The leaders of the four opposition parties that together hold 53 of the 101 seats in Moldova's new parliament were all smiles over the weekend when they announced their new coalition, Alliance for European Integration.
"We did the most important thing we had to do and the most important thing our voters were expecting from us: to agree and to come together,” Liberal Democratic Party leader Vlad Filat boasted to reporters on August 8.
In addition to supporting improved relations with neighboring Romania and an association agreement with the European Union, the new coalition's program includes combating corruption, promoting media freedom, and pursuing economic reform and a "balanced" foreign policy.
The coalition agreement was viewed as a major step for the divided opposition. Some observers had been uncertain whether the stridently anti-Communist members of the group would be able to reach an accommodation with Democratic Party leader Marian Lupu, who is a former senior member of the Communist Party and a former parliament speaker who voted for the Communist candidate in the failed presidential elections in June.
"I cannot forget how he acted as parliament speaker,” Victor Cobasneanu, editor of the Soroca-based newspaper "Observatorul de Nord," told RFE/RL's Moldovan Service, “when he was turning off the microphones of the opposition. The Democratic Party cannot expect today to have power served to it on a silver platter. Marian Lupu has to feel that he has to pay for his past mistakes."
But despite this show of unity, the new coalition must still come to grips with the Communist Party, which -- with 48 seats -- controls the largest faction in the new legislature.
Worst Possible Outcome
The previous parliament was dissolved in June following two failed attempts to elect a president to succeed Communist Party head Vladimir Voronin. The Communists were unable to gain the 61 votes needed to elect their candidate, acting Prime Minister Zinaida Greceanii. As a result, Voronin was forced to dissolve the parliament and hold the July 29 snap elections.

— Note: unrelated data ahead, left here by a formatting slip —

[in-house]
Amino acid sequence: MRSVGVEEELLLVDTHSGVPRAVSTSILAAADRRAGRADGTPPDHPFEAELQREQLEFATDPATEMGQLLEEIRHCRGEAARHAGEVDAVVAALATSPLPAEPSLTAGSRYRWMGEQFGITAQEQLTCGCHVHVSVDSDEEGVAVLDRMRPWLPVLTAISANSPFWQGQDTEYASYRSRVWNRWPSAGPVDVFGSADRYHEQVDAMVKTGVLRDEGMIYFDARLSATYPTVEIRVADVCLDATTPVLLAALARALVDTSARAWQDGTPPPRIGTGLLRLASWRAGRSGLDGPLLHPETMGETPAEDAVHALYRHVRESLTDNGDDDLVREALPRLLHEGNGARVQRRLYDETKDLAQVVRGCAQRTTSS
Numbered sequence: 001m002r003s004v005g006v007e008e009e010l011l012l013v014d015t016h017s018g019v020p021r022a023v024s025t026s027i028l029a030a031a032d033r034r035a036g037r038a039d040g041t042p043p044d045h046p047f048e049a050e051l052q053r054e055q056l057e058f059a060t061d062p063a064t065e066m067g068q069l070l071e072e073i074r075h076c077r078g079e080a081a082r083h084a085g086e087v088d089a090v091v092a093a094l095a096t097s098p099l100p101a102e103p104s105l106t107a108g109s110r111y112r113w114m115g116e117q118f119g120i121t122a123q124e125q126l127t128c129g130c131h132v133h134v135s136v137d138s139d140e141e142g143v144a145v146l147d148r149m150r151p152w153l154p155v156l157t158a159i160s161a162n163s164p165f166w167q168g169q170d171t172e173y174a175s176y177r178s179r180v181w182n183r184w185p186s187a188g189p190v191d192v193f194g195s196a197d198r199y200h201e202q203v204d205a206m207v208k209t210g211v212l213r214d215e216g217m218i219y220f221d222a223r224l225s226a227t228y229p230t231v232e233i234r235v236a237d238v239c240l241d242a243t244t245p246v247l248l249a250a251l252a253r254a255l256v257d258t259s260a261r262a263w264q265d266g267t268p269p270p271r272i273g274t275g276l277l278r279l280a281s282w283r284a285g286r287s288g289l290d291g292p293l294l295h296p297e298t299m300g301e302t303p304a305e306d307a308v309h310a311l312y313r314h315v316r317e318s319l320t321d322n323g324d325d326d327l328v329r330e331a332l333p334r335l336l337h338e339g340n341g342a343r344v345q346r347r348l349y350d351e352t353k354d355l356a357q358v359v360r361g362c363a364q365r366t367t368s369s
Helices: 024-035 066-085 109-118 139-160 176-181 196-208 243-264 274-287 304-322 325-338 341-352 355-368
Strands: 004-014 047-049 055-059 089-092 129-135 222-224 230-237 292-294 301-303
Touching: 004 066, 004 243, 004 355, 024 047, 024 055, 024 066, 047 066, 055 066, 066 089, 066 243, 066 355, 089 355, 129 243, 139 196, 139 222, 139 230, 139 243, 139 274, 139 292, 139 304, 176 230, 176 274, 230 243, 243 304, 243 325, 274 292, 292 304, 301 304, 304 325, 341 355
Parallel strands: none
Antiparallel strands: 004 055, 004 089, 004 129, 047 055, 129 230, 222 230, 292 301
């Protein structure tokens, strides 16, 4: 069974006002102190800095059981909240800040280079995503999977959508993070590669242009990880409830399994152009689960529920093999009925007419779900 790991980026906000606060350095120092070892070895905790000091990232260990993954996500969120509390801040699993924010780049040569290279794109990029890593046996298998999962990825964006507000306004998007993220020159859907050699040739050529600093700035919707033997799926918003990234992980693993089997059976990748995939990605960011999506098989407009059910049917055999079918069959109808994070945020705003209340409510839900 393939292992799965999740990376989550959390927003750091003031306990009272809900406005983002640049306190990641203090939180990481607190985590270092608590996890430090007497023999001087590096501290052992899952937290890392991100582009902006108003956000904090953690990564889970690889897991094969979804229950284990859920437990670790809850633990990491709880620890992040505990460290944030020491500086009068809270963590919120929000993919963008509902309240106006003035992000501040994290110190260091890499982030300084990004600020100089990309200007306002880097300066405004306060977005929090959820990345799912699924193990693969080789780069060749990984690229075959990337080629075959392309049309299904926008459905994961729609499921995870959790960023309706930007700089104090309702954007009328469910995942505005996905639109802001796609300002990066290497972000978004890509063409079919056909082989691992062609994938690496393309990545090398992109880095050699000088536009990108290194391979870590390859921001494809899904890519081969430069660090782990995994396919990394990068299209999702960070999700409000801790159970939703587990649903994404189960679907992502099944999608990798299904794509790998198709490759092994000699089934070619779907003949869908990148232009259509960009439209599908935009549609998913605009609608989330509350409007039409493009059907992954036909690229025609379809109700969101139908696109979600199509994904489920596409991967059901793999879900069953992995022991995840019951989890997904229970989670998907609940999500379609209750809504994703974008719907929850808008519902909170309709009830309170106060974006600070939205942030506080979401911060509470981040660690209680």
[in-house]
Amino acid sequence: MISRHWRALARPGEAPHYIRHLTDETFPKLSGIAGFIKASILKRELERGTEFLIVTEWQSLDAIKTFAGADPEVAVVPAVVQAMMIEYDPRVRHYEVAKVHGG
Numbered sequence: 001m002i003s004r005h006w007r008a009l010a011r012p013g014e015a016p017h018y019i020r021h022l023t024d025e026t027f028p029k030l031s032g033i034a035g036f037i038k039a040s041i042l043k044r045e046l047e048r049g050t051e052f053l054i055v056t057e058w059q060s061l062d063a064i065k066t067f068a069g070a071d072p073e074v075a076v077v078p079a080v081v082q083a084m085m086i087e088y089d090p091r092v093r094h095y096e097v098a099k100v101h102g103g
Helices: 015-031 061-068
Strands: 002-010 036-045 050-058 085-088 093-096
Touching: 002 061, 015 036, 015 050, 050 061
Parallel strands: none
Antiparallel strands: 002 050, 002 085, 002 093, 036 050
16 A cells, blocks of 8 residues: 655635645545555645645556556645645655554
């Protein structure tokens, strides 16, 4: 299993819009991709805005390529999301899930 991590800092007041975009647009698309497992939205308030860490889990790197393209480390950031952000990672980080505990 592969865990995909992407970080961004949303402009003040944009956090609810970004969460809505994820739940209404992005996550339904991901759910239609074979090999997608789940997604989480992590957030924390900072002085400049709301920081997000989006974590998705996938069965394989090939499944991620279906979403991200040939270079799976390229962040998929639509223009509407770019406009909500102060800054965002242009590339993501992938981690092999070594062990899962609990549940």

Chisinau Mayor Dorin Chirtoaca
Now the opposition's position is boosted somewhat, but it still needs at least eight votes from the Communist faction to avoid a repeat deadlock and new elections.
Analysts agree that months of standoff would be the worst possible outcome for Moldova, whose economy is teetering on the brink of collapse and whose citizens are deeply divided between pro-Western and pro-Russian outlooks.
But the new alliance seems divided on whether to reach a compromise with the Communists -- possibly by offering them the post of speaker or prime minister -- or attempt to pick off some disaffected members of the Communist faction to support the opposition candidate in the secret ballot for president.
More radical members of the opposition alliance, such as Liberal Party leader and Chisinau Mayor Dorin Chirtoaca, believe there is enough dissatisfaction among the usually monolithic Communist bloc to elect a president without making a deal with Voronin.
"It is possible that today, and tomorrow, and the day after that, some Communists will come over to the Democratic Party,” Chirtoaca told journalists in Chisinau. “Probably not just one, but several people, because the Communists have no future in the Republic of Moldova. Or they might just give their votes in the presidential election."Virtually Silent
While in the last parliament, the opposition was in the position of spoiler, a role that has now fallen to the Communists. And it remains unclear what they will do.
Party leader Voronin has left the country for a summer vacation in Turkey, and other senior leaders have been virtually silent in recent days. There is no sign of official negotiations between the new coalition and the Communists. Indeed, Liberal Democratic Party leader Filat has said the new alliance will not talk to the Communists until the new parliament convenes.